Public events should satisfy safety requirements set by government departments and local councils. The event organizers should consult local councils in advance to obtain relevant licenses and permits. The council may require event management plan. The events manager should also liaise with stakeholders in determining required permits. The police, emergency services, council and security personnel are part of the stake holders. However, it is important to consider other people who may be affected by the event, either positively or negatively and be requested to give their input.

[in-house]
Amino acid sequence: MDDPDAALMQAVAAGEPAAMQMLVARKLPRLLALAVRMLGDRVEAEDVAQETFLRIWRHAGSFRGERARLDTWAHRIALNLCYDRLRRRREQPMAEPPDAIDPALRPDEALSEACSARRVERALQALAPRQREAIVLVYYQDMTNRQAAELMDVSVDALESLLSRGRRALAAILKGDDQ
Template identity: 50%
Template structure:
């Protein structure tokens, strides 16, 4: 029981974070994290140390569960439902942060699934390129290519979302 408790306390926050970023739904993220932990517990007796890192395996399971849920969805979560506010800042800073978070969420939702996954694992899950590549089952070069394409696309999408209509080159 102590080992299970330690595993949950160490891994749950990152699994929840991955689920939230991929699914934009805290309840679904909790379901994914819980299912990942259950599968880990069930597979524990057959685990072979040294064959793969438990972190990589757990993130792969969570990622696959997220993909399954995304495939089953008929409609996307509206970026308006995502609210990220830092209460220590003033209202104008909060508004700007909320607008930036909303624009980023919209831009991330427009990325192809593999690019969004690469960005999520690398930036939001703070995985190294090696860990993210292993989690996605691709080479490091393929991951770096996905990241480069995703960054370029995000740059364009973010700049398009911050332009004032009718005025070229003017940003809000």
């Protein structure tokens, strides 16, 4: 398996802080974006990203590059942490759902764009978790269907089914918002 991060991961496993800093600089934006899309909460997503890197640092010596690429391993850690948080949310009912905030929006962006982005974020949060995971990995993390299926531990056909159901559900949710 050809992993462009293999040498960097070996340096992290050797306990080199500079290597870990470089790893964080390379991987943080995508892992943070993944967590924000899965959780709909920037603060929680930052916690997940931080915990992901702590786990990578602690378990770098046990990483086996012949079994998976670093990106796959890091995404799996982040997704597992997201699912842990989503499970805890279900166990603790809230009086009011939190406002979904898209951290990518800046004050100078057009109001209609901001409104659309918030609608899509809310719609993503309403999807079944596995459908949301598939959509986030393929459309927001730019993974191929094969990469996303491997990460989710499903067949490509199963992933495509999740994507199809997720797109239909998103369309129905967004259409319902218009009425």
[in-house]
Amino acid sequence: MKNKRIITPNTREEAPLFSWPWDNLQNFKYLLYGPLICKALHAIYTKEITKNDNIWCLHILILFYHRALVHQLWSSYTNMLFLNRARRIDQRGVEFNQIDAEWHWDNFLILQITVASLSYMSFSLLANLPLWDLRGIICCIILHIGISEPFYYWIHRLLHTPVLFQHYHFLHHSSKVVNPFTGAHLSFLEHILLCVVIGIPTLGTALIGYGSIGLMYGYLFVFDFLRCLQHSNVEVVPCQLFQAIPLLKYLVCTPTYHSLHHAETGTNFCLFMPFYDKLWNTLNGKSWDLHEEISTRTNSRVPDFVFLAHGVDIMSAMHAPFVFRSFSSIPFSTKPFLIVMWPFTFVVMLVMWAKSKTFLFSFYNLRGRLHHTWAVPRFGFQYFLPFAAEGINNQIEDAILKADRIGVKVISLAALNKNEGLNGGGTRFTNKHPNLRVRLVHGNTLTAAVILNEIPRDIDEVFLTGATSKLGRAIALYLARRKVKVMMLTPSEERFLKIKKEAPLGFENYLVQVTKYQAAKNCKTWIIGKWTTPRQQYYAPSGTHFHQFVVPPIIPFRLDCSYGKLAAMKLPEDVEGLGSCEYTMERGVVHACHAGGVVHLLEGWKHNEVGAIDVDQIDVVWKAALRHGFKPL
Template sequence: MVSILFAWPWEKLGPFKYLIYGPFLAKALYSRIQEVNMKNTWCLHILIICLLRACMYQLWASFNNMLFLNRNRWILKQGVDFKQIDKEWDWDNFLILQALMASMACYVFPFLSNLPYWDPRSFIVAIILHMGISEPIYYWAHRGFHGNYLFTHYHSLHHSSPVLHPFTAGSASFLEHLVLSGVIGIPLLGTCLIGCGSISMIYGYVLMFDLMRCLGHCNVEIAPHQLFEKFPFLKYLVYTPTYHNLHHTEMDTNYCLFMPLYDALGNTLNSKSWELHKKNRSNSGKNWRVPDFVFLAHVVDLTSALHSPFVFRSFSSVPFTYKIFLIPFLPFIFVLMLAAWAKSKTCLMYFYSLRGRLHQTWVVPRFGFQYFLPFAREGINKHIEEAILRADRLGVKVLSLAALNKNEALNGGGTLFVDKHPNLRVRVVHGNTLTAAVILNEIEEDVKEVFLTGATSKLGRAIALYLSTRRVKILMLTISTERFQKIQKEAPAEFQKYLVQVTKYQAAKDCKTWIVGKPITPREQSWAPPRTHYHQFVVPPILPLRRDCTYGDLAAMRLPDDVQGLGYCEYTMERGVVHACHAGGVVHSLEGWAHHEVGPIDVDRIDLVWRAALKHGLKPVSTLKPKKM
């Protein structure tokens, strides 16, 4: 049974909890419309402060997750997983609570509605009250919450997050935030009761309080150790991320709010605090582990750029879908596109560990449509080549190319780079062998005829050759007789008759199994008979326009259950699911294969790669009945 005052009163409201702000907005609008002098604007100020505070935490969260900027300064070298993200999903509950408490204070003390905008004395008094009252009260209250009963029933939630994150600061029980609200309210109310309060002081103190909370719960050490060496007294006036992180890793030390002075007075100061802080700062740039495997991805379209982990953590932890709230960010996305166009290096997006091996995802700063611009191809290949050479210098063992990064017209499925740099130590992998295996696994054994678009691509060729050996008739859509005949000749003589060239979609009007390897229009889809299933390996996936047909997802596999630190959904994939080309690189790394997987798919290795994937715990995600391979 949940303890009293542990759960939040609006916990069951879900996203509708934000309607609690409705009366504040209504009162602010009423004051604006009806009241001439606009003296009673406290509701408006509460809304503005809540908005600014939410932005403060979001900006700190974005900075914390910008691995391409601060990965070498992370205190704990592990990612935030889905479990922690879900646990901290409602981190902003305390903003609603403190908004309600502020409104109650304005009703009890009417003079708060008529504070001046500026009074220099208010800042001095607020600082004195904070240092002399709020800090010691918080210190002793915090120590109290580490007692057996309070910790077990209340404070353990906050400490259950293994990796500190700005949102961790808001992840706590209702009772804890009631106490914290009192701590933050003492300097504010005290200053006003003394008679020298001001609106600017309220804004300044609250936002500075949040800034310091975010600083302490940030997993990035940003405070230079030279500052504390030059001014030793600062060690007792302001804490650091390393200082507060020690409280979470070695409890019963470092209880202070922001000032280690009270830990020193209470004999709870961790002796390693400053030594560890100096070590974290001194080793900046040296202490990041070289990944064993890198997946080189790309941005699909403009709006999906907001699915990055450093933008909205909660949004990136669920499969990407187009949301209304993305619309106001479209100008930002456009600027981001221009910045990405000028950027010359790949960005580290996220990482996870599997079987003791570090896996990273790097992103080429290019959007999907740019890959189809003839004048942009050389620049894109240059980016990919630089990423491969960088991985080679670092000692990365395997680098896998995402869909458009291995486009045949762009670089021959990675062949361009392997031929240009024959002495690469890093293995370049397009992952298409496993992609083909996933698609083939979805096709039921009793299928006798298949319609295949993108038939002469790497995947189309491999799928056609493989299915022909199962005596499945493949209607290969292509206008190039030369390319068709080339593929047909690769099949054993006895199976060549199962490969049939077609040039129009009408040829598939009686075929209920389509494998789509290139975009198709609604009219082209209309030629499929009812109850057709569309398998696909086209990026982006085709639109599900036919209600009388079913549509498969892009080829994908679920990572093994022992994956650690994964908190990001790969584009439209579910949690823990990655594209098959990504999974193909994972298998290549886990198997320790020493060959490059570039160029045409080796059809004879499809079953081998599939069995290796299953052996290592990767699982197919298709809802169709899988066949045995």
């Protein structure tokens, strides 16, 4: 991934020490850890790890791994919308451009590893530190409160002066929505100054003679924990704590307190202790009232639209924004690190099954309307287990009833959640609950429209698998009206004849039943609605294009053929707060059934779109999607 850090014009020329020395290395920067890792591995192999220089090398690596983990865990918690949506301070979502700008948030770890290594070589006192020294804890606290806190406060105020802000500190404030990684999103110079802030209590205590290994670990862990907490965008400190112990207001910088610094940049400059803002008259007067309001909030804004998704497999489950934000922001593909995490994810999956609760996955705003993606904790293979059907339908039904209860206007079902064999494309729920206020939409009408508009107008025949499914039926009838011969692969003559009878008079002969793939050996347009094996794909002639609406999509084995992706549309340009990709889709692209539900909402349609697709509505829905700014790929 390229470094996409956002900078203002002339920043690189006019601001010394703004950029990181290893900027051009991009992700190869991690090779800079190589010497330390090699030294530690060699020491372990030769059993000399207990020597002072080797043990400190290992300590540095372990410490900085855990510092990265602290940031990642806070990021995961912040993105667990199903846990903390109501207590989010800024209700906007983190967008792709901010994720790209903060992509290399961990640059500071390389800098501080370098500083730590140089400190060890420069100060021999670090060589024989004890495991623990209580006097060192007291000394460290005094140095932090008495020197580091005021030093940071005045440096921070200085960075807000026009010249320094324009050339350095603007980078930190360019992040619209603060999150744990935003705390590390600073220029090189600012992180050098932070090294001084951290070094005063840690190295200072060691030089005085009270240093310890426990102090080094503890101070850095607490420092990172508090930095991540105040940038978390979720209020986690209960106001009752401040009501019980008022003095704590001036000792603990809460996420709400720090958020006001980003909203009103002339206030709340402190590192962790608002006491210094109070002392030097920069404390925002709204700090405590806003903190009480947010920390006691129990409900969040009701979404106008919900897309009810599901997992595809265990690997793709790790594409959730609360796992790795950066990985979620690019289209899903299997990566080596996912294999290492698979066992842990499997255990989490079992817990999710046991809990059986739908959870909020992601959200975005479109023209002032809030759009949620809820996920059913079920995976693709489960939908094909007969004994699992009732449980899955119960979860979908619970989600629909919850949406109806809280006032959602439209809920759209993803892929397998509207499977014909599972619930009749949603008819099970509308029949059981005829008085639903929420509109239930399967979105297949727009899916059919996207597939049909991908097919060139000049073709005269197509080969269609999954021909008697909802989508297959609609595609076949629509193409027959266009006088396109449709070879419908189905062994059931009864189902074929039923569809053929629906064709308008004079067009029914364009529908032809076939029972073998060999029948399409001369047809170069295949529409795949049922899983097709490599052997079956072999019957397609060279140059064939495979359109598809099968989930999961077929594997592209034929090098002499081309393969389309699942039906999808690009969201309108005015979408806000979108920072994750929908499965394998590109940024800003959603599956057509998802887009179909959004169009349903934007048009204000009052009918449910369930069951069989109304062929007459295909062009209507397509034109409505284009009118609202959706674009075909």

A series of planning meeting with stakeholders is helpful in the planning process. This enables enough time for any planning changes. The manager must have authority to make critical decisions affecting the event subject to be validated by the stakeholders. Prior to the event, a pre-event briefing should be contacted. This seeks to clarify issues of communication, security, timetabling and event emergency procedures put in place. (Tonge, 2006).

It is also important to conduct a formal debriefing with the key stakeholders soon after the event. Necessary information should be documented to enable an evaluation of what worked and what did not work. Finally, a record with various stakeholders should be maintained. This can be helpful in planning future events.